Jason Rubin Envisions The Oculus Rift 2 Features

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Jason Rubin Envisions The Oculus Rift 2 Features
April 3, 2019

Jason Rubin can envision an Oculus Rift 2, how Facebook’s virtual reality headset would need to evolve to earn a number, rather than a letter after its name.

 

And it’s clearly much more than what the Oculus Rift S will deliver this spring.

 

Rubin, vice president in charge of content at Oculus, tells Variety that the Oculus Rift S is a half-step forward, an iterative improvement on many of the software and hardware systems built into the headset, that still isn’t quite enough to call it the next Oculus Rift.

“It’s not fundamentally changing the product,” Rubin said. “It’s a progression, it’s an improvement.”

 

The Oculus Rift S will sell for $399 when it hits later this year and bring with it some major improvements over the original Rift. Users will no longer need an external tracker or camera to use the system and creating virtual boundary walls for a play area has been vastly simplified. The system also has improved optics, screens, and teach, and will include the ability to see the world around you through the built-in cameras without having to remove your headset.

 

While the result is an across the board improvement in the system and ease with which one can use it, it’s still not enough to call it an Oculus Rift 2, Rubin said.

 

“I think if we did something we honestly called a 2 and felt comfortable with that name, it would need to include radical new tech,” he said. “Like body tracking, eye tracking, a new form of input, a lot of things that would create a new ecosystem. If we added things like that it would radically change the ecosystem.”

 

In other words, an Oculus Rift 2 would be so different than the previous models that some games and experiences created for the original Oculus Rift simply wouldn’t work on the new one and new experiences and games created for the 2 absolutely wouldn’t work on the original.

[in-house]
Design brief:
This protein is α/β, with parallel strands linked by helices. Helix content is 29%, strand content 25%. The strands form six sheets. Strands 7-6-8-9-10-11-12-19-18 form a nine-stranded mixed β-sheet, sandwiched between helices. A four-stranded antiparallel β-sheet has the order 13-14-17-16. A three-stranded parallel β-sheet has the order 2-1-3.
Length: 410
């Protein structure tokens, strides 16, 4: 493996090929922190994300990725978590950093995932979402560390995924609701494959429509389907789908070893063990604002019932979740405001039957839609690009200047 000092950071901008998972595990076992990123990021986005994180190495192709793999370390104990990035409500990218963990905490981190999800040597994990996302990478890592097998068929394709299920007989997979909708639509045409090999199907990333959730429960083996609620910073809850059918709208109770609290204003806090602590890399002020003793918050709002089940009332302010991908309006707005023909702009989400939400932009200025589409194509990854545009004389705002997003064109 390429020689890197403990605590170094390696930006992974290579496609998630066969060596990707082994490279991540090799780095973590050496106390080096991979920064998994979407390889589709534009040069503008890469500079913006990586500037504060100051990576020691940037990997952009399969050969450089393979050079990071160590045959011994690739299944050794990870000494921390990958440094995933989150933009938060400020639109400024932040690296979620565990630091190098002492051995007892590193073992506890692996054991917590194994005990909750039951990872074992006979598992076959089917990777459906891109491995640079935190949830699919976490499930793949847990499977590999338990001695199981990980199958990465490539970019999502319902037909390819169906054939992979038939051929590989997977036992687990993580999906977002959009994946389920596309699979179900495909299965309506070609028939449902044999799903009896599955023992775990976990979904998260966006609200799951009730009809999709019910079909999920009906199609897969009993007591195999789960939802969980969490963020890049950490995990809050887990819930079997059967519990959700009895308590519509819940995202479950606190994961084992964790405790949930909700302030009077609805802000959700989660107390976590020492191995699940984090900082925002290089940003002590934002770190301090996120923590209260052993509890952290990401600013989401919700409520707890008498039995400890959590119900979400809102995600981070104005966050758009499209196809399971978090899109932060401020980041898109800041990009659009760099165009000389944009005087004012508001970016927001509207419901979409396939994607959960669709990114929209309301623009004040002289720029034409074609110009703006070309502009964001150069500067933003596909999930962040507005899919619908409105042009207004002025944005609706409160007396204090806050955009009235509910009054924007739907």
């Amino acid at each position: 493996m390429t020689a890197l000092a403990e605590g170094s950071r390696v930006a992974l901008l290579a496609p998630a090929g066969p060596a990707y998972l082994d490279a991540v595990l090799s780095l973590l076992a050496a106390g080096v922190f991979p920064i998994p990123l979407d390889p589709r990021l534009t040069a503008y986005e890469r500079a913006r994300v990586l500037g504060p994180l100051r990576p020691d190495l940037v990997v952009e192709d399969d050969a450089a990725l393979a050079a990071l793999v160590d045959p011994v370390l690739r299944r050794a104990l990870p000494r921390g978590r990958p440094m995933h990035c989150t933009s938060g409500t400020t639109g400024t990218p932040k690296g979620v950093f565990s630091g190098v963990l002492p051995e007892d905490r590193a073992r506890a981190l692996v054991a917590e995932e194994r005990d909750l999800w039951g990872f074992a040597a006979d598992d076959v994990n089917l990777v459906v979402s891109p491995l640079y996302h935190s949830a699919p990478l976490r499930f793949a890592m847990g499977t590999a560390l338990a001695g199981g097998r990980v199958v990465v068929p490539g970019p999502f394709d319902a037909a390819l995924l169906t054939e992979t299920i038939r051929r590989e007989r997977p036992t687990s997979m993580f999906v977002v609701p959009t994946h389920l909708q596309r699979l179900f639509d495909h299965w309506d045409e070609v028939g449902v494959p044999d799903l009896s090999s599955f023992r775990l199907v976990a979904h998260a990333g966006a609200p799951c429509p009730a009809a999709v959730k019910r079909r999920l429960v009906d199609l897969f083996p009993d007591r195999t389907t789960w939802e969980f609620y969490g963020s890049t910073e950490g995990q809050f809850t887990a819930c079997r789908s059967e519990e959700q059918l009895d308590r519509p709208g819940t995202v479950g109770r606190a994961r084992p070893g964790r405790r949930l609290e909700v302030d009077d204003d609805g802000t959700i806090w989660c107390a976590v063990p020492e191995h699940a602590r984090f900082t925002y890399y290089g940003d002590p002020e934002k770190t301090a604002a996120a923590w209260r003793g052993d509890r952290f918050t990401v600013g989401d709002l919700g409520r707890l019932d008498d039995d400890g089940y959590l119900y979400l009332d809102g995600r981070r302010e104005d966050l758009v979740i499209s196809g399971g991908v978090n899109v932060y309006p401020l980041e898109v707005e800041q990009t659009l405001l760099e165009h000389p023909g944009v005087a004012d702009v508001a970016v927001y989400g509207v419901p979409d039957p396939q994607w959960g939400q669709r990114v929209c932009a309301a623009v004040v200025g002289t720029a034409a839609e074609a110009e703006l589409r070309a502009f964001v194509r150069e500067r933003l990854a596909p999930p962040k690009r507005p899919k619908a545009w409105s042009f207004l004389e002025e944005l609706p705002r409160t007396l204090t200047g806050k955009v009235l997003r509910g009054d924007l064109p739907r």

There’s nothing about the Oculus Rift S, Rubin points out, that forces you to upgrade from the Rift.

“The Rift is fully in the ecosystem,” he said. “There’s no need to upgrade.”

 

In terms of new users though, the ability to choose between the original Rift and the Rift S won’t last long. The company has stopped producing the original and Rubin said that stock is already running out in most places.

 

The decision to stop producing the original Rift was based on things like the potential for confusion in stores and dealing with production costs, Rubin said.

 

The decision to invest in creating an iterative Oculus Rift was based on a desire to address a number of consumer complaints and vastly improve how easy it is to get into and out of VR experiences.

“When we asked consumers, a lot of negative feedback was around the difficulty of getting in and out of VR,” Rubin said. “Double checking your sensors, resetting your guardian. The inside-out tracking radically changes the ease of use.”

 

That’s because users will no longer have to set up external tracking devices, instead, they can simply plug the headset into their computer and pop on the headset to start using it.

 

Because the team overhauled how virtual borders are set up, using the headset on multiple devices or a laptop is much easier as well. A user can simply draw their border as if using a laser pointer when they move and get back to gaming.

 

Finally, the ability to see through the headset to the real world around you means you can easily do things like grab a drink or answer the phone without taking off your headset.

“All of those are highly positive,” he said.

 

It helps that both the vastly improved Oculus Rift S and standalone Oculus Quest are arriving at a time when virtual reality finally has a massive, system-selling game in the market.

 

“Beat Saber,” a virtual reality rhythm game by studio Beat Games, exploded onto the VR scene in 2018, quickly capturing the attention of gamers and non-gamers alike.

 

The game has players using two controllers, which look like lightsabers in the game, to slash through blocks in the correct direction to the rhythm of various music.

 

The game is available on PlayStation VR, HTC Vive, Windows Mixed Reality headsets, the Oculus Rift and soon the Oculus Quest. But it was the first video, released in January 2018, that showed just how big the game would become. The “Beat Saber” teaser trailer currently has more than two million views.

 

“The ‘Beat Saber’ viral video has been seen more times than any video Oculus has ever put out,” Rubin said.

 

He said the game’s release on the Oculus Rift brought with it not just a lot of sales of the game, but a “giant spike” of people using the Rift.

“It’s a big deal,” he said. “People get it, and it’s not something you can play anywhere but in VR.”

 

He said the game just saw another huge uptick connected to the release of a new pack of songs and sabers.

“People who are looking into virtual reality are thinking they clearly need a system that plays ‘Beat Saber,” he said. “That’s like ‘Robo Recall,’ and ‘The Climb,’ there are maybe one or two titles out there like that.”

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